As I search the Web for information about pressure cookers, I see threads and inquiries about what kind and size of pressure cooker to buy, what characteristics to look for, pricing and so on. Once convinced that this kitchen helper would be a good item to own, the next problem is how to choose the right one for your needs.
I chose a pressure cooker set. What I got was a four quart pot and an eight quart pot with two lids. One of the lids is used on either pot for pressure cooking and the other lid, a clear, tempered glass is used on either pot for regular or ordinary cooking. This eliminates the need for another set of pots in the kitchen and the challenge of adequate storage space as well.
I like the smaller pot because I live alone and cooking for one is not always fun. I always seem to wind up with too many left overs. At least the smaller pot allows me to cut recipes in half and still savor a good, hearty stew on a cold winter day.
The larger pot is wonderful for making a dessert where you insert another container into the pressure cooker and still need space around the inside container to allow the pressurized steam to do its job. It's great for making a big batch of stew or chili or even giant size corn on the cob. Remembering that rice and beans tend to froth and that with these foods the cooker should not be filled to more than one-half of its capacity... a larger pot makes good sense.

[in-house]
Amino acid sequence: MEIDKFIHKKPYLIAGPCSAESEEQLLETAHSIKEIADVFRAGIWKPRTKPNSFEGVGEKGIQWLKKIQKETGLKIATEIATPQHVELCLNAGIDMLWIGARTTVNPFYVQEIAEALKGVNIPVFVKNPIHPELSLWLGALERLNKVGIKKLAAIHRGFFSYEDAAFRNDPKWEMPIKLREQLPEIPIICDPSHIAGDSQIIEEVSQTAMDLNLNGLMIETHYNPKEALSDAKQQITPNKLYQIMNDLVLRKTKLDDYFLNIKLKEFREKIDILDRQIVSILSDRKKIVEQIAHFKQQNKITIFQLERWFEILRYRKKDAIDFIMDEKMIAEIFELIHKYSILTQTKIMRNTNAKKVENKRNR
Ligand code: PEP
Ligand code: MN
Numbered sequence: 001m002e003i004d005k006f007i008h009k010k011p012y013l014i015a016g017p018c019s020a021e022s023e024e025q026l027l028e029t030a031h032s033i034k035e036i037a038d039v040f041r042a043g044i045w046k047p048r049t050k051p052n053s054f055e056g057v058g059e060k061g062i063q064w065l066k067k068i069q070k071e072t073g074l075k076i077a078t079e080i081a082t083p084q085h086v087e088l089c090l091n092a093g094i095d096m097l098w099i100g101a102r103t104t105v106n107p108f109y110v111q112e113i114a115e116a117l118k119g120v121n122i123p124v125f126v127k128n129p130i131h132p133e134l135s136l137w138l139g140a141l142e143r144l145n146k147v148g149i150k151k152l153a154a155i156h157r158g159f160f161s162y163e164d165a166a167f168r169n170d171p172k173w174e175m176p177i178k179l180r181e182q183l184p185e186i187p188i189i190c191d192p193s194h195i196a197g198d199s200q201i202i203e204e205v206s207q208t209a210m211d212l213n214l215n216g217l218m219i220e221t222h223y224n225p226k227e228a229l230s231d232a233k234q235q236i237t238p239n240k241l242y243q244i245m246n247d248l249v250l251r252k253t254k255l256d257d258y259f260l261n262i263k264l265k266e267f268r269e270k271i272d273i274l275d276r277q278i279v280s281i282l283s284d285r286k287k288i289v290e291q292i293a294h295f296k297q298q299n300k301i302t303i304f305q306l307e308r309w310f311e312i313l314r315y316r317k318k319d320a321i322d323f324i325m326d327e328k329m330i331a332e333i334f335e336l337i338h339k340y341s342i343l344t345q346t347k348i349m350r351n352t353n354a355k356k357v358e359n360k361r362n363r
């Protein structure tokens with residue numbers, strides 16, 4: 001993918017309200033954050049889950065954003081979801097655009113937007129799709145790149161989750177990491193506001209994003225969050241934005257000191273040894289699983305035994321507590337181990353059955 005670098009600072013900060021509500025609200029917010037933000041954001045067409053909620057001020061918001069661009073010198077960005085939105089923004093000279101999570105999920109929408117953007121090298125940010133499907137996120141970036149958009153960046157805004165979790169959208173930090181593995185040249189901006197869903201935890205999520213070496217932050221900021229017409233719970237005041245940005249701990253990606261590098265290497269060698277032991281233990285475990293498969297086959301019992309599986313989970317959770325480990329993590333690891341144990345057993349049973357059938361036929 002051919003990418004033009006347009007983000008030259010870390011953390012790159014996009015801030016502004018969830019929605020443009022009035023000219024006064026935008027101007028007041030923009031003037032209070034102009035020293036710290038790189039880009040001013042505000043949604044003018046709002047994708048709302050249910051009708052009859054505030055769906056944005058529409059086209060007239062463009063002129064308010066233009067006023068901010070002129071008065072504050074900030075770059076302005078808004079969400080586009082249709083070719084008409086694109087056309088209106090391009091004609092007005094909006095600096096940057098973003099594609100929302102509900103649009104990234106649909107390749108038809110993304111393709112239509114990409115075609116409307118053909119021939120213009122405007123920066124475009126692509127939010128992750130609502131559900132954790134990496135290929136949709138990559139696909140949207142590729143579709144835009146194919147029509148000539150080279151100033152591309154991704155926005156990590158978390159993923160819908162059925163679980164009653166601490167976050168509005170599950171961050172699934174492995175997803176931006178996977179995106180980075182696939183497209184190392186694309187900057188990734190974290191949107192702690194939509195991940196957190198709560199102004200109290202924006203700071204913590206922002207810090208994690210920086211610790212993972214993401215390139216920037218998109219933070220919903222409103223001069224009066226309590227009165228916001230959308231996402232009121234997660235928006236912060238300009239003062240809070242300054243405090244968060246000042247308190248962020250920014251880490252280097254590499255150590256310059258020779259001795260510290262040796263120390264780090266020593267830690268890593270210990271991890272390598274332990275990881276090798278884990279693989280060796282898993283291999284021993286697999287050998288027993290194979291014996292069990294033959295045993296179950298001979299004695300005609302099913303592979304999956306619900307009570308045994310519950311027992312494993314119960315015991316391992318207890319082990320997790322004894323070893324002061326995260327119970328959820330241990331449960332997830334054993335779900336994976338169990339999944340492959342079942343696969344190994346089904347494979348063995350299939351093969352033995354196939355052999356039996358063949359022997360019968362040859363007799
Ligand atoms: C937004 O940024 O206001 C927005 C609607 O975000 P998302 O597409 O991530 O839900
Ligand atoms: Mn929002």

The eight quart pot can be used as a canner for smaller jars. Unless you're into canning the produce from a whole garden or tons of vegetables and meats to last a whole winter, this combination of pots may be all you need for your lifestyle. You'll have the pressure cooker that will do the job and the correct high-level heat of 240 degrees or more to be sure to remove any health hazard.
The set I bought has two temperature settings - a low and high - allowing you to pressure cook delicate foods such as desserts or fish at a lower temperature and veggies and stews or roasts at a higher level.
Safety is always a concern. Keeping the pots clean and the vent holes clear will assure safe, easy performance. Today's models usually have two or three safety valves.
And pricing! Don't think "cheap" when considering this purchase. Prices for a good, stainless steel pressure cooker range from $60.00 to $200.00. You will use this cookware often, and expect it to last a lifetime. Quality and dependability are worth the investment.
Sue Wiskowski-Fair has developed a special site to provide a one-stop experience for the busy cook to assist in today's stress-filled lives. Check out the wide variety of pressure cookers and pressure canners and determine what fits your lifestyle. Cookbooks to help you. Check out http://www.pressurizeit.com/why-pressure-cookers/ for more information and assistance.